The internet-connected gadgets Mozilla found to be secure and trustworthy

Do you shop with privacy in mind?
Do you shop with privacy in mind?
Image: AP Photo/Ebrahim Noroozi
We may earn a commission from links on this page.

How do you know if your holiday gift is going to leak your personal information or create an unlocked door for hackers to enter? Mozilla, the non-profit foundation that owns the web browser Firefox, has you covered.

Researchers there studied 70 popular consumer products in the US that owners can connect to the internet. The items are among the most popular holiday sale items at major retailers like Amazon, Mozilla said in a statement.

Mozilla investigated which items passed a set of minimum security standards. It designed the rubric with Consumers International, a global consumer-advocacy group, and the Internet Society, a nonprofit organization. To pass, a gadget must have encrypted communications, security updates, strong passwords requirements, effective management from developers to respond to security issues, and easily understandable privacy practices. Mozilla published the results of this study in a shopping guide called “*Privacy not included.”

About half of the products passed the security requirements. Often, products fell short because Mozilla researchers couldn’t obtain enough information from the companies. “That actually shows the state of play,” Ashley Boyd, vice president of Advocacy at Mozilla, told Quartz. “If we can’t get that information as researchers, how would a consumer? And how would a consumer possibly even know what questions to ask in the first place?”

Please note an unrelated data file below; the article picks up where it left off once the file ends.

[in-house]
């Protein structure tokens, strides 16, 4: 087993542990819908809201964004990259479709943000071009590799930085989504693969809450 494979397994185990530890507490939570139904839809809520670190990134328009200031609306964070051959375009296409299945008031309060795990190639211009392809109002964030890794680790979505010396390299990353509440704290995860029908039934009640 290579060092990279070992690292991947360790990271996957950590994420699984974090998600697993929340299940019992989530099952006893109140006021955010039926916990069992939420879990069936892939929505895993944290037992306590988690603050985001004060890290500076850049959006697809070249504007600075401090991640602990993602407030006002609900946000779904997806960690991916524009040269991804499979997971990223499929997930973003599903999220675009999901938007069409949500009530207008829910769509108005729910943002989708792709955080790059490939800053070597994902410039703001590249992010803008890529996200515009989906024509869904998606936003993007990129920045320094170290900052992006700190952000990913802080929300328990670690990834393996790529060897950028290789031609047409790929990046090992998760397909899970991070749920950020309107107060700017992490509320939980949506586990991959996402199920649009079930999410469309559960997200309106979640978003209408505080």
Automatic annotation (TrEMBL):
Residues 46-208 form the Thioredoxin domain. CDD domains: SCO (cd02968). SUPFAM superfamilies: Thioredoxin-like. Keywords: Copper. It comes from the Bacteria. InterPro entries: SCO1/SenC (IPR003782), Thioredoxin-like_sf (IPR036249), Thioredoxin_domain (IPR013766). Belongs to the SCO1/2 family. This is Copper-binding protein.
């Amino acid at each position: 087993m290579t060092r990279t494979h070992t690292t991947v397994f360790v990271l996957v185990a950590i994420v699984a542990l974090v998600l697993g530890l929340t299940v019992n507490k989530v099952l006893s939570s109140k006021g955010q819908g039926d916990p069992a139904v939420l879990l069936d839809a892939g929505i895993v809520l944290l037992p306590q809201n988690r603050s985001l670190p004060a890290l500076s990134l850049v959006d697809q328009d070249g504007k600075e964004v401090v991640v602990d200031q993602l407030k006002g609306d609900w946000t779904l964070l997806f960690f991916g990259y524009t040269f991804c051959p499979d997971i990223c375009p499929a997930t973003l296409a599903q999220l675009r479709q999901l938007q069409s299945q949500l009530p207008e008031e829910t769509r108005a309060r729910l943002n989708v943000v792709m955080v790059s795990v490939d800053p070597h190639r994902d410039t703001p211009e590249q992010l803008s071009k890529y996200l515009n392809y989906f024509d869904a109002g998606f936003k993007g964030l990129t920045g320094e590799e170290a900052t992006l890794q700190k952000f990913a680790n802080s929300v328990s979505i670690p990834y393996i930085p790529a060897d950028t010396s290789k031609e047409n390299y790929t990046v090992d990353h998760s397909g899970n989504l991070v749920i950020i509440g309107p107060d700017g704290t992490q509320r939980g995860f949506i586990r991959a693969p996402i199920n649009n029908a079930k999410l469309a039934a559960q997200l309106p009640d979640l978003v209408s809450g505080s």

Here is the list of products that fulfilled the standard requirements, and a list of what didn’t.

Gadgets that passed Mozilla security standards

  • Nintendo Switch
  • Google Home
  • Harry Potter Kano Coding Kit
  • Athena Safety Wearable
  • Amazon Fire HD Kids Edition Tablet
  • Amazon Echo
  • Echo Plus & Dot
  • Amazon Echo Show & Spot
  • Apple Homepod
  • Sonos One
  • Mycroft Mark 1
  • Nest Learning Thermostat
  • Amazon Cloud Security Camera
  • Nest Hello Video Doorbell
  • Nest Cam Outdoor Security Camera
  • Nest Cam Indoor Security Camera
  • WyzeCam
  • Behmor Brewer Coffee Maker
  • Sony PS4
  • Microsoft Xbox One
  • Amazon Fire TV
  • Roku Streaming Players
  • Apple TV
  • Apple iPad
  • Fitbit Versa Watch
  • Samsung Gear Sport
  • Fitbit Aria 2 Scale
  • Withings Body Scale
  • Beeline Smart Compass for Bike
  • Findster Duo Plus Pet Tracker
  • Petnet SmartFeeder
  • Petcube Play
  • Furbo Dog Camera
  • Petchatz HD

Gadgets that did not pass Mozilla security standards

  • Google Chromecast
  • Amazon Kindle
  • Amazon Fire HD Tablet
  • Apple Airpods
  • Bose QuietComfort 35 II
  • Jabra Elite 65T Earbuds
  • Google Pixel Buds
  • Garmin Vivosport
  • Mobvoi TicWatch Pro
  • Seedling Parker Teddy Bear
  • Wonder Workshop Cue the Robot
  • Wonder Workshop Dash the Robot
  • Wonder Workshop Dot Creativity Kit
  • DJI Technology DJI Spark Selfie Drone
  • Zerotech Dobby Pocket Drone
  • Parrot Bebop 2
  • SkyRocket Sky Viper Journey
  • CogniToys Dino
  • Ozobot Evo Robot
  • Sphero BB-8 Robot
  • Sphero Mini
  • Soundmoovz
  • Philips Hue Smart Light Kit
  • Nest Learning Thermostat
  • Nest Hello Video Doorbell
  • SmartThings Outlet
  • Belkin WeMo Mini Smart Outlet
  • Anova Precision Cooker Sous Vide
  • FREDI Baby Monitor
  • Quell 2.0 Wearable Pain Relief
  • Tile Mate
  • Hidrate Spark 2.0 Water Bottle
  • Peloton Bike
  • Whistle 3 Smart Tracker
  • Tractive GPS 3G Pet Tracker
  • Petzi Treat Cam